In 2001, Kerry and Ginny Dennehy lost their 17-year-old son Kelty to suicide.
The same year, they launched The Kelty Patrick Dennehy Foundation to help those coping with a similar trauma and to raise funds for mental health resources.
Tragedy hit the family again in 2009 when their 23-year-old daughter Riley, who struggled with the loss of her brother for years, passed away suddenly while travelling in Asia.
Determined to help others after the loss of their two children, the Dennehys and their foundation continue the long journey of changing how Canada perceives the disease of depression.
This summer, the 60-plus-year-old parents are cycling 8,000 kilometres across Canada on their Enough is Enough Ride to end the stigma of mental illness and the lack of care for sufferers. They arrived for a rally in Brandon on Monday evening.
"This ride is deeply important to us, as charity fundraisers and as parents," Ginny said. "Since we lost our son Kelty to depression-related suicide in 2001, we have worked to ensure that young people — and families — do not have to endure the same trauma.
"Enough is Enough is the next step in this process to help provide resources, awareness and care needed by all sufferers of mental illness, regardless of age or location."
Since Kelty’s death, the foundation has raised more than $5 million. The Enough is Enough Ride aims to raise $1 million as part of the $6.7 million needed to create a Kelty Mental Health Resource Centre in every province and territory in Canada.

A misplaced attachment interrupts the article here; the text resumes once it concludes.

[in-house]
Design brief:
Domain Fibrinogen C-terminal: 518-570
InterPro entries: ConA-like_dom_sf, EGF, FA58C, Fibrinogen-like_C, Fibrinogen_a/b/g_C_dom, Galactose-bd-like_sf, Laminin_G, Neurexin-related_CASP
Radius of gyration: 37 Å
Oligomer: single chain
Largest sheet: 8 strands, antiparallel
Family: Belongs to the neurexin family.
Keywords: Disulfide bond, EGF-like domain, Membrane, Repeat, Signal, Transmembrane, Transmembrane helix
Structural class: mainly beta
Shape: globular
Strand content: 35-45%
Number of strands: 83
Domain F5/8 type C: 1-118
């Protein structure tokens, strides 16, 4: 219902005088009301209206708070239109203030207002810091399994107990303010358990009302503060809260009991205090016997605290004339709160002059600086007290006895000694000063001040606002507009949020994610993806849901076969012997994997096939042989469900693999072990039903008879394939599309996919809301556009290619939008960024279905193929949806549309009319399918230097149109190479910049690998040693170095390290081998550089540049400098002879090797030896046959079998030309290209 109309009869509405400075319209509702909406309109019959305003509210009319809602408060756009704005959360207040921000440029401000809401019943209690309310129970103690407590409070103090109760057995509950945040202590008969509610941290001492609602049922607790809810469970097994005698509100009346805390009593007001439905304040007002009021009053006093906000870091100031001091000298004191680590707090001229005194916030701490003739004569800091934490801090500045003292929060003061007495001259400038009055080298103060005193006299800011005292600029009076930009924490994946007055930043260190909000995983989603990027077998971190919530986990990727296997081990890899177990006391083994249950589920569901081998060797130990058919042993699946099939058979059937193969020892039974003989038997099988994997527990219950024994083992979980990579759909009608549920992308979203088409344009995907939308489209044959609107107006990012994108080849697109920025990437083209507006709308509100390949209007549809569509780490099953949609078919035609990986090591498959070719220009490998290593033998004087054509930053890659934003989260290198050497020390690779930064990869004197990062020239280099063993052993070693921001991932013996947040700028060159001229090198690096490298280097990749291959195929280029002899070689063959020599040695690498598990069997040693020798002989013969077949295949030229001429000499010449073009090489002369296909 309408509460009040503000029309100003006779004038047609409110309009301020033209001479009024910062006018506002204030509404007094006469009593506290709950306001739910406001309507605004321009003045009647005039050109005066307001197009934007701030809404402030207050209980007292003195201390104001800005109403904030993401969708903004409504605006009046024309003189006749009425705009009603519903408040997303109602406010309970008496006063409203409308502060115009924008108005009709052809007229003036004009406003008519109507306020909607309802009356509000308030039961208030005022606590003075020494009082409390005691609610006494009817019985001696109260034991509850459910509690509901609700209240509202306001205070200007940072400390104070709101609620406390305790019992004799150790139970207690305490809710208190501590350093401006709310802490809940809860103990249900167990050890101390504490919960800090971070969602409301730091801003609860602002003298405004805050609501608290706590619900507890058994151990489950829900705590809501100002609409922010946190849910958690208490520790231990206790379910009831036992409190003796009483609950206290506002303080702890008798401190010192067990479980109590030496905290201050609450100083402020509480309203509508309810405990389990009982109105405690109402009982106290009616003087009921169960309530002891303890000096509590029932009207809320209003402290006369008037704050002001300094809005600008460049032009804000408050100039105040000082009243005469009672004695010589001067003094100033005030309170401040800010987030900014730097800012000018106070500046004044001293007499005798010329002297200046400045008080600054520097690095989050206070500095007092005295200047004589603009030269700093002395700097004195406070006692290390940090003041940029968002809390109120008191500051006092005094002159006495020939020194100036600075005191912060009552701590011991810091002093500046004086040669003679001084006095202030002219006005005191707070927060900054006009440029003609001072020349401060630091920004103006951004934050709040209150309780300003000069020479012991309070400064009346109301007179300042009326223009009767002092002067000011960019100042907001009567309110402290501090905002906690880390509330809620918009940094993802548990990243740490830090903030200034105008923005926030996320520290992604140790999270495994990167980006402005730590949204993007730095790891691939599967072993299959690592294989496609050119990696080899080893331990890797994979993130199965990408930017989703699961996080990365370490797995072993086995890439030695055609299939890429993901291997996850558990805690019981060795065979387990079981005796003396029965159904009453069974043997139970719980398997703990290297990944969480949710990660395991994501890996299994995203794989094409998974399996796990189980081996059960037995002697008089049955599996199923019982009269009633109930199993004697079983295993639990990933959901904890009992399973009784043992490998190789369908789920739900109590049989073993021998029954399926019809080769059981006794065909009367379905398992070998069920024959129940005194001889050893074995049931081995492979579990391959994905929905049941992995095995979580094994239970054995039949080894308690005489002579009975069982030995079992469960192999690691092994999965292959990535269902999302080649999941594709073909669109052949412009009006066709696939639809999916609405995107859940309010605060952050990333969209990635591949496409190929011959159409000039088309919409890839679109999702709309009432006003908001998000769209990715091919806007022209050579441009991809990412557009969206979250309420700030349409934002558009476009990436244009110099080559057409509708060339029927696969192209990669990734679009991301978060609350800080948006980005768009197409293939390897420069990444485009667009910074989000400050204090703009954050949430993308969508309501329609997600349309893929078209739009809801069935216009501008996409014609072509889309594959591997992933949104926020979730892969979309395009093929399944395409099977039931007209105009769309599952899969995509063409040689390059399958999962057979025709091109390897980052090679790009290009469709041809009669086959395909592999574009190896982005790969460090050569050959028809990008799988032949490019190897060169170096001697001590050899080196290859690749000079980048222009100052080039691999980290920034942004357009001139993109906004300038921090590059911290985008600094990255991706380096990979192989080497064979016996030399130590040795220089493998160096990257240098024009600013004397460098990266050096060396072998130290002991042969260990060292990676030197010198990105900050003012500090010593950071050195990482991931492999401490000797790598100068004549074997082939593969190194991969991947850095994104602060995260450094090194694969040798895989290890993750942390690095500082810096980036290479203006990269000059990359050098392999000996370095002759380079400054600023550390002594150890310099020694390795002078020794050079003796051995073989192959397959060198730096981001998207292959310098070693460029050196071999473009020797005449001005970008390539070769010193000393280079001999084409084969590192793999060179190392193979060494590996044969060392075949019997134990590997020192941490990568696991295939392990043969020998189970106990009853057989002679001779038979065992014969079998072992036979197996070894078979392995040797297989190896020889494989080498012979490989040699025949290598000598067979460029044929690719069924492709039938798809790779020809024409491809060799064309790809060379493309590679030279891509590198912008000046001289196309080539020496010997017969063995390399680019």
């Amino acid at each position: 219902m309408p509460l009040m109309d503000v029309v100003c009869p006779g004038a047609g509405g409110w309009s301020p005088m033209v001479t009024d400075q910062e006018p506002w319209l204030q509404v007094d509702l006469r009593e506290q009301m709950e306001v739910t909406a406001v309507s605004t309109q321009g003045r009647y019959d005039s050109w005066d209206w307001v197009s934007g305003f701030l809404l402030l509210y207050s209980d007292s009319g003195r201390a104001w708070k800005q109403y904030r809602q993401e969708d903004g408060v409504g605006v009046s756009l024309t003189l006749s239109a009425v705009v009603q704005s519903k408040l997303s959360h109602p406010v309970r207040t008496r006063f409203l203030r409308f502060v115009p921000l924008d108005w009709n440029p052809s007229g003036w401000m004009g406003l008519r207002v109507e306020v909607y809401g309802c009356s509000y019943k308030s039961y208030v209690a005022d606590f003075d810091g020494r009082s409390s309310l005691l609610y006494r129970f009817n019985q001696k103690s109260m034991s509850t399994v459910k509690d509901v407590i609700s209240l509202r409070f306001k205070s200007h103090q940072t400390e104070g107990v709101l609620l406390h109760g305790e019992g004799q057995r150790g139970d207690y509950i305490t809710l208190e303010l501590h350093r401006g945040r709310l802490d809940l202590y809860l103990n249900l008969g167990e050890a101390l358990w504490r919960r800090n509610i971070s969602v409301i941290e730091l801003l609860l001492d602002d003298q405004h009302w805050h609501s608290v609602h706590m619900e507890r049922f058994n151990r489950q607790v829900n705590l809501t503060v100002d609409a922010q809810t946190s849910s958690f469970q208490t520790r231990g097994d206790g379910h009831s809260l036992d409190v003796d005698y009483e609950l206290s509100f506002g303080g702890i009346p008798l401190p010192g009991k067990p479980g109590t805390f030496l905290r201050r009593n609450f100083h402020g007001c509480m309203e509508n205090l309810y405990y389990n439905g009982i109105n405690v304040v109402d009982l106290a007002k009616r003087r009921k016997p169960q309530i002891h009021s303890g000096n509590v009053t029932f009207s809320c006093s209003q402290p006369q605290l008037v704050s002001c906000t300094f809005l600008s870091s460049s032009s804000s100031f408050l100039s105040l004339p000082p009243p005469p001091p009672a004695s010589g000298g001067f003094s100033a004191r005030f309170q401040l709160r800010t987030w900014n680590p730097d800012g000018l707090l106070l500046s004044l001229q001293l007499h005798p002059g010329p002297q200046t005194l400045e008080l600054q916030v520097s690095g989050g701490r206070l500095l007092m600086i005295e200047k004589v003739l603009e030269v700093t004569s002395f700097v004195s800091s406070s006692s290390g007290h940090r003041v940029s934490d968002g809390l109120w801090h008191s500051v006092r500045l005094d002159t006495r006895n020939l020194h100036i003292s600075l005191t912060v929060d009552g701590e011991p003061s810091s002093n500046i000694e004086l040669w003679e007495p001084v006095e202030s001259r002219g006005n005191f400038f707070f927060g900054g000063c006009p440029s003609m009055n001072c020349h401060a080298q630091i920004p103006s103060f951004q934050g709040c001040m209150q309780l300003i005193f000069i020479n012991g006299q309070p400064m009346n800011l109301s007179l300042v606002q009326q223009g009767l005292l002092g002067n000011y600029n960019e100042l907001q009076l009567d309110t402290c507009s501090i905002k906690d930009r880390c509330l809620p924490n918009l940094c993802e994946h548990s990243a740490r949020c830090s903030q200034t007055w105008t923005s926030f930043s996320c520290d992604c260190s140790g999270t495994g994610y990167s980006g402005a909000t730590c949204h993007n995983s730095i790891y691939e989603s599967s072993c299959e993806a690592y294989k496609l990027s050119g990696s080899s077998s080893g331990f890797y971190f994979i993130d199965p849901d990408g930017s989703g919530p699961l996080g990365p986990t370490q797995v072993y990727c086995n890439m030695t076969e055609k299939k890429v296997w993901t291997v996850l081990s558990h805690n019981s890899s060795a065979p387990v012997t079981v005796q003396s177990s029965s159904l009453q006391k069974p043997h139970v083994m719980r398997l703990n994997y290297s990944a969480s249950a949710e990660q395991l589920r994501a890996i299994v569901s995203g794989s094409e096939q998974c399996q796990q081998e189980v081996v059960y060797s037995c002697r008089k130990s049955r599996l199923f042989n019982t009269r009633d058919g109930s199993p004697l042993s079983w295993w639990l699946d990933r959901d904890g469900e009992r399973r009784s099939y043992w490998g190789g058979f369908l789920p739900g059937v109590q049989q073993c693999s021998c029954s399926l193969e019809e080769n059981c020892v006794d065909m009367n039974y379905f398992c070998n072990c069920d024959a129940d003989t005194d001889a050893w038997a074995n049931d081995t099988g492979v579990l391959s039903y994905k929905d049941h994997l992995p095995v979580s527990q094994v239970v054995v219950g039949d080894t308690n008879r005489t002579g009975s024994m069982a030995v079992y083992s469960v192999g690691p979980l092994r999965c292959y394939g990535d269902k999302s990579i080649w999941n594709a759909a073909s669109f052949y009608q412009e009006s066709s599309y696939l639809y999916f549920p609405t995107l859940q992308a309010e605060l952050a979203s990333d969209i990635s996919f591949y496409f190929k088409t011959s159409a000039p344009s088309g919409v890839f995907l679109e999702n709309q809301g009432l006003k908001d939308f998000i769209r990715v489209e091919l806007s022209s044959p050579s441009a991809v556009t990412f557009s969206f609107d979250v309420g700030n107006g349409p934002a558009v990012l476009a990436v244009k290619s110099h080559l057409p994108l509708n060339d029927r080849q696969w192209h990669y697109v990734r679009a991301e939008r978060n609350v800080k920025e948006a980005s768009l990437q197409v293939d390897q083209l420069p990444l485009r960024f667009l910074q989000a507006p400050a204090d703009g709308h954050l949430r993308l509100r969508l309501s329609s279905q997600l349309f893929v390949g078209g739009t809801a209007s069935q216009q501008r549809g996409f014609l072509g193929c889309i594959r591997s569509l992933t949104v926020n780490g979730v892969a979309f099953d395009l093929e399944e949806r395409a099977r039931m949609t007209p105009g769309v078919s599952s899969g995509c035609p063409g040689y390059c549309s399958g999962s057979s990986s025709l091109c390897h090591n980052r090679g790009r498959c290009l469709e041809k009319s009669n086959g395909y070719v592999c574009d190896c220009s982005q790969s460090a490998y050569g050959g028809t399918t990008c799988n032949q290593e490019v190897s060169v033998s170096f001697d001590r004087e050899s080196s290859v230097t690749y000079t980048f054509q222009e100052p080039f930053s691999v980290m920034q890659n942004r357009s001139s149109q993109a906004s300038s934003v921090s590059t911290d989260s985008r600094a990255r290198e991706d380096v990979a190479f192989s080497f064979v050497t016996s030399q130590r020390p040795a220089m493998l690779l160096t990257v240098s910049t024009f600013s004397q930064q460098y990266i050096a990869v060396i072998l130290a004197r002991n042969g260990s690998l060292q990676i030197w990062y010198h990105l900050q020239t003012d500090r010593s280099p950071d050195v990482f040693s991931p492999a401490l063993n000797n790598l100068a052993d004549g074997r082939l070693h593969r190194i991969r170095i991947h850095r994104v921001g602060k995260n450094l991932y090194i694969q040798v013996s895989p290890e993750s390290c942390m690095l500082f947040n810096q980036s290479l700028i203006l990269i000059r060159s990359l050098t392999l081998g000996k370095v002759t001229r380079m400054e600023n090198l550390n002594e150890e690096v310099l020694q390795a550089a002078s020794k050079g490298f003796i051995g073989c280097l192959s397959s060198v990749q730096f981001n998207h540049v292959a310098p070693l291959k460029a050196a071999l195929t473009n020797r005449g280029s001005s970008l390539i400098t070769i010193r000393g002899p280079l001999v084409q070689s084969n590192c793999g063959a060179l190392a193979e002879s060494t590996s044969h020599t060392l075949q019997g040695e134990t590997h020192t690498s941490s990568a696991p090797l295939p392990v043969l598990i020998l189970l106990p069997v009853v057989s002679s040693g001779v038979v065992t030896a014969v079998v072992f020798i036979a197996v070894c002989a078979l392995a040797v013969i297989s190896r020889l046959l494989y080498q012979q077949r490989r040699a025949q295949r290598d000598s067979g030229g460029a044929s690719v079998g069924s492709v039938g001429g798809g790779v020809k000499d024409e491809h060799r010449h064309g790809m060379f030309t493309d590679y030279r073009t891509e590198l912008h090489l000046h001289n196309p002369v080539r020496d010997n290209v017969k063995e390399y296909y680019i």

The Dennehys left Whistler, B.C., on Mother’s Day with the hope of arriving at Cape Spear, N.L., in August. Along the way they’ve hosted fundraisers, awareness campaigns and talks to get their message across.
Such a message becomes more essential each day. According to a foundation release, suicide continues to be the second leading cause of death for Canadian youth — the third-highest rate in the industrialized world.
Depression is forecast to be the second leading cause of disability by 2020.
Although up to 70 per cent of mental health problems begin during childhood, the release says, fewer than one-quarter of those affected have access to the services they need.
The Kelty Patrick Dennehy Foundation works with health workers, mental health organizations and community partners.
All money raised during the Enough is Enough Ride will remain within the province in which it was received.
» Brandon Sun